Last weekend was the first of three in August featuring a number of significant cards from a variety of promotions. You had the debut episode of AEW’s Rampage, AAA’s Triplemania XXIX and New Japan’s first big stateside show in over 18 months, Resurgence. A common theme across all of them? Impact Wrestling, or Impact Wrestling talent, having a presence. As such, I thought I’d devote this week’s column to reviewing those matches that have taken place outside the confines of the Skyway Studios in Nashville.

Now, it’s worth noting that Josh Alexander has appeared twice on NJPW Strong in recent months, while The Good Brothers have been regulars in AEW and Strong. However, having so many notable matches packed into one significant weekend felt worthy of some verbiage.

Impact World Tag Team Championships
The Good Brothers (C) def. The Dark Order’s Evil Uno & Stu Grayson
AEW Dynamite #98
August 11, 2021

In many ways, I often feel like The Good Brothers were built to be television wrestlers. They’re effective as irritating heels who’ll inevitably get their comeuppance and work the sort of plodding, solid style that fits in nicely around the ad breaks. They have a good look and they can hold tag team titles when you want those to be more about the story than the work rate in the ring. However, all of that means that their TV matches tend to follow a very set pattern and fail to set the pulses racing.

Their title defense against Uno and Grayson was fine. It was a solid little match. Uno and Grayson worked hard but there was never really any sense of drama that they might win – any sense of ominous formality does drag a rating down, as does a rather large ad break right in the middle. Still, it was good and comes it at a shade under the gentleman’s three. **3/4

Impact World Championship
Christian Cage def. Kenny Omega (C) (w/Don Callis)
AEW Rampage #1
August 13, 2021

AEW Rampage Review

Going into last week’s Dynamite, Omega vs Christian for the AEW World Championship at All Out didn’t feel like particularly hot. Given AEW’s selling power at the moment, it ultimately didn’t to be that hot but announcing the Impact title match for the debut of Rampage added a wrinkle. There was the chance to build familiarity with the audience and give them a hot angle that they can work on for the next few weeks – either Christian beats him and has his number, or Omega screws him over and then the stage is set for no seconds at All Out.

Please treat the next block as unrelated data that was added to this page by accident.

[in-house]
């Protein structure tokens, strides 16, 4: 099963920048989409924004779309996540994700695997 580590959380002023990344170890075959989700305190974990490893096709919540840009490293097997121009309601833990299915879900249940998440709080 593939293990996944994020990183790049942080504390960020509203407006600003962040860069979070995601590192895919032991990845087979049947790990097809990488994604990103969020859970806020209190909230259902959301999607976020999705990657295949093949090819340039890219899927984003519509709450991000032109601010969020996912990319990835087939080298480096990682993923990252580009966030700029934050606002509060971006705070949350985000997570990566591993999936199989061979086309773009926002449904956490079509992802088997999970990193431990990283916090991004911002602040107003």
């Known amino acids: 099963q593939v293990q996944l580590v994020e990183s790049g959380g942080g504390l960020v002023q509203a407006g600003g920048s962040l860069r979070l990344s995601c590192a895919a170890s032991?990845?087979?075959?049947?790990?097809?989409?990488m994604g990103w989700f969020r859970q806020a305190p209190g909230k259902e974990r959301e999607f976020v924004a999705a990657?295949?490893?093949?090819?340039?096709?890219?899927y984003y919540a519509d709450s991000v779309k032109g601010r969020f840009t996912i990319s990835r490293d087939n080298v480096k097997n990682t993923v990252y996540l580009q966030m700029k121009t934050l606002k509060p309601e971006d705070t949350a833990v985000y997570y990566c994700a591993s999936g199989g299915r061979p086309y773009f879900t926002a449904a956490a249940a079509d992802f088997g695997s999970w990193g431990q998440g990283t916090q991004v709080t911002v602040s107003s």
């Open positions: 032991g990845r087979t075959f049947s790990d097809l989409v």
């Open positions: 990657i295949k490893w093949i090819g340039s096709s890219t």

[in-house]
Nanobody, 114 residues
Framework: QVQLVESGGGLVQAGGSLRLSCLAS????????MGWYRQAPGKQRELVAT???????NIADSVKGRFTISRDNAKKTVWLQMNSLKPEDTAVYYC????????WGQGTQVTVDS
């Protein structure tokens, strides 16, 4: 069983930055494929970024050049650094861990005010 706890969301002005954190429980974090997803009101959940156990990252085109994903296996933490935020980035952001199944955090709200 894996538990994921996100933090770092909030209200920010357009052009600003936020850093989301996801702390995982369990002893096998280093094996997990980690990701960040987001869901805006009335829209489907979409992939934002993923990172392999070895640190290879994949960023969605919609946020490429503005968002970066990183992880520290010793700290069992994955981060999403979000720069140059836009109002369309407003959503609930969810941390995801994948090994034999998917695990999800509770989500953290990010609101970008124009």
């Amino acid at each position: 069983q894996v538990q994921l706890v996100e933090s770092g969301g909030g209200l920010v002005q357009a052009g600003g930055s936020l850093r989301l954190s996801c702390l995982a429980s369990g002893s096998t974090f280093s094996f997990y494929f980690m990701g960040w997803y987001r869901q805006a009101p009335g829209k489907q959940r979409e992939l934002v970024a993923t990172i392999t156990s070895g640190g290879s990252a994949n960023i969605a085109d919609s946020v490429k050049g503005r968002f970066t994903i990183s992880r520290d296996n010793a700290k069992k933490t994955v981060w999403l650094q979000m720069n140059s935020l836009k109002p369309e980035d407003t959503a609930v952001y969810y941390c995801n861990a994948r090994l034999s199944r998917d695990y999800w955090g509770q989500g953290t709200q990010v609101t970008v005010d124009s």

Christian winning seemed, to me, the logical outcome as the bell rang but to see it happen was still a surprise. That their match was superb was less so. Omega gets the best possible match out of everyone he’s in the ring with, so there are no shocks there, but I’ve personally loved Christian’s style since his return. While not explicitly addressed by the commentary team, there’s always been the sense that he’s battling ring rust. The idea is planted in your mind that he’s always prone to a slow start and is left chasing the match from the get-go – the naturally more haggard and chiseled nature of his appearance somehow adds to that presentation.

These two had seemingly great chemistry and Omega made that Unprettier look like a million dollars. I’ve seen people go four stars for this, I’ve seen others at three-and-a-half or a tad lower. It’s between the two for me and with that in mind, their All Out match should be a belting MOTY contender.

With the hand AEW had, I honestly don’t think there could have been a better way to kick off Rampage. It immediately gave the show the significance they want it to have, and created the sort of buzz the All Out match probably needed. It also provides a new direction for the Impact title – Kenny might win it back, but the stage seems set for Christian to drop it to Moose (or fellow Canadian Josh Alexander) at Bound for Glory. It also righted the wrong that Christian had never been Impact World Champion. That’s the main thing. ***3/4